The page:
A Few Benefits of Low-Residency Programs

Tiffany Knowles is a Creative Writing Graduate student at the University of Tampa. She graduated from Flagler College with a BA in English and Pre-Law in 2012. She is currently teaching secondary literature and hopes to continue teaching at the collegiate level after the completion of her graduate degree. Tiffany is currently composing a creative nonfiction bildungsroman collection that she hopes to have completed by Summer 2015.

 

After obtaining my Bachelor’s degree in St. Augustine, FL, I was ready to do two things: (a) go home and (b) get a job. After getting back to Miami and starting my first real job teaching sixth grade English, I got very comfortable. I settled into my own apartment, and I began my life. After a year, however, I decided I wanted to pursue a graduate degree. The latter, while a priority for me, came with a lot of technicalities. I still wanted to (a) stay home and (b) maintain employment. The solution to my worries became a low residency graduate program. The low residency approach appealed to me for many reasons. The most pertinent reasons were that this approach would grant me the ability to work full time and to live anywhere I wanted.

Going from being a broke college student, working for nine bucks an hour, and begging my parents for money, to making $40,000 a year was wonderful. At 22, I could adequately support myself, and I was not ready to relinquish my salary. The latter motivated me to investigate low residency programs. I stumbled across The University of Tampa’s Creative Writing Program, and I was immediately enthralled. The aforementioned program was a godsend, it would allow me to work full time and further my education simultaneously. I had two friends who taught at Millennium Middle School with me and went to grad school. They were always burnt out. My two friends would leave work, already drained from teaching rambunctious sixth graders, and trudge over to campus to sit through night classes multiple times a week. Watching them, and the increasingly noticeable bags expanding underneath their eyes, did not make being in a physical classroom during the work week seem like a viable option for me. Thankfully, with my low residency miracle I was able to go to work during the week, and complete my assignments at my own pace, just as long as they made it into Blackboard by the 15th of each month. The freedom this granted me was incredible. I was even able to complete homework on my planning period…when time allotted, of course.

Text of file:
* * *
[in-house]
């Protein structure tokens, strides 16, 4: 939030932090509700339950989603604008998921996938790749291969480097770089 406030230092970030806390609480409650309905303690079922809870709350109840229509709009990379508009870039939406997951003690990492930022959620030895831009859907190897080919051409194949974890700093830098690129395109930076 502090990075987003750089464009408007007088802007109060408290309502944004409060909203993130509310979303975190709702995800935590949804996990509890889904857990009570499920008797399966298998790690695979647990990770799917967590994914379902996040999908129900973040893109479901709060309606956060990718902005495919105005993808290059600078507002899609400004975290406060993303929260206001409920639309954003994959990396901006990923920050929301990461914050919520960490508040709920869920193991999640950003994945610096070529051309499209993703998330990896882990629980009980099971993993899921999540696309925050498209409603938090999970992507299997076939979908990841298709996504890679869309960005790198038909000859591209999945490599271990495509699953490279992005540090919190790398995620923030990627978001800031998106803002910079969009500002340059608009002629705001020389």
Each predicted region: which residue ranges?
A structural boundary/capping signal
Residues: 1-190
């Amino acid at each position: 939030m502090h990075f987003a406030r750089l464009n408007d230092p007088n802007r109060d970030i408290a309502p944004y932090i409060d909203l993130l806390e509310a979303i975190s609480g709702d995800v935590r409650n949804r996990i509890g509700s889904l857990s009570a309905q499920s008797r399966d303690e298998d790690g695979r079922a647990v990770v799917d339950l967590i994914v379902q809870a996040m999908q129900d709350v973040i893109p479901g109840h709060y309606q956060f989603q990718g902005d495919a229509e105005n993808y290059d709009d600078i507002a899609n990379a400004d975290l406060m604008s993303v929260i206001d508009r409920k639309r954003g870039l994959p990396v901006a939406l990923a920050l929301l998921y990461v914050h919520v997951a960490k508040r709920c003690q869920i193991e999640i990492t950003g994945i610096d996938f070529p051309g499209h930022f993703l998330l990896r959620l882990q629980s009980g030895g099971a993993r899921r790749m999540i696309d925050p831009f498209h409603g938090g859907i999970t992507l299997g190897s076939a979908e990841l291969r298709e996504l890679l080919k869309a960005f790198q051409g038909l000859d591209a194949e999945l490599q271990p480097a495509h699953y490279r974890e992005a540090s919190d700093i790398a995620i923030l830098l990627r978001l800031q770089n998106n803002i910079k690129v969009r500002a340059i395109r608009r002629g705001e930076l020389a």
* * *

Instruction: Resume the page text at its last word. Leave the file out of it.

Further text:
Another wonderful thing about low residency is even though I was not in the physical classroom all the time, I was still acquainted with my professors. Once a semester I would travel to The University of Tampa’s campus and attend a 10 day residency. At the residency, I met with my professors and we created a contract which outlined what I would be obligated to submit to Blackboard each month. Knowing my syllabus in its entirety at the start of each semester helped put me ahead of the game. I was almost always ahead on my coursework because low residency granted me the ability to complete it at my leisure. Working full time was not a problem. I simply saved up all of the sick time I accrued, and used it for my residencies. Low residency allowed me to create my own schedule, and to continue making my own money.

Beyond the latter, low residency also allowed me to stay close to my family. After being away from the crazy Knowles Klan for four years, I was very happy to be living down the street from my parents and my siblings. Being in a low residency program allowed me to explore out-of-state options while remaining in-state. Although I ended up deciding on an in-state (but out-of-town option), the low residency approach offered me an array of promising options all over the world, options I could access mostly from the comfort of my home.

In addition to being able to live anywhere I wanted and work full-time, low residency, specifically at The University of Tampa, was also fun. Don’t get me wrong, there was work involved, lots of it; however, because I chose the right program for me, I was happy to roll up my sleeves and get a little dirty. The 10 day residencies became a sort of vacation for me; a place where I could submerge myself in my craft and interact with like minded individuals for a bit. I grew to love the residencies, and although the days were long, I appreciated them because I knew working my butt off for 10 days would allow me to work at my own pace for the subsequent four months. I found the low residency approach to be convenient, efficient, and fun.

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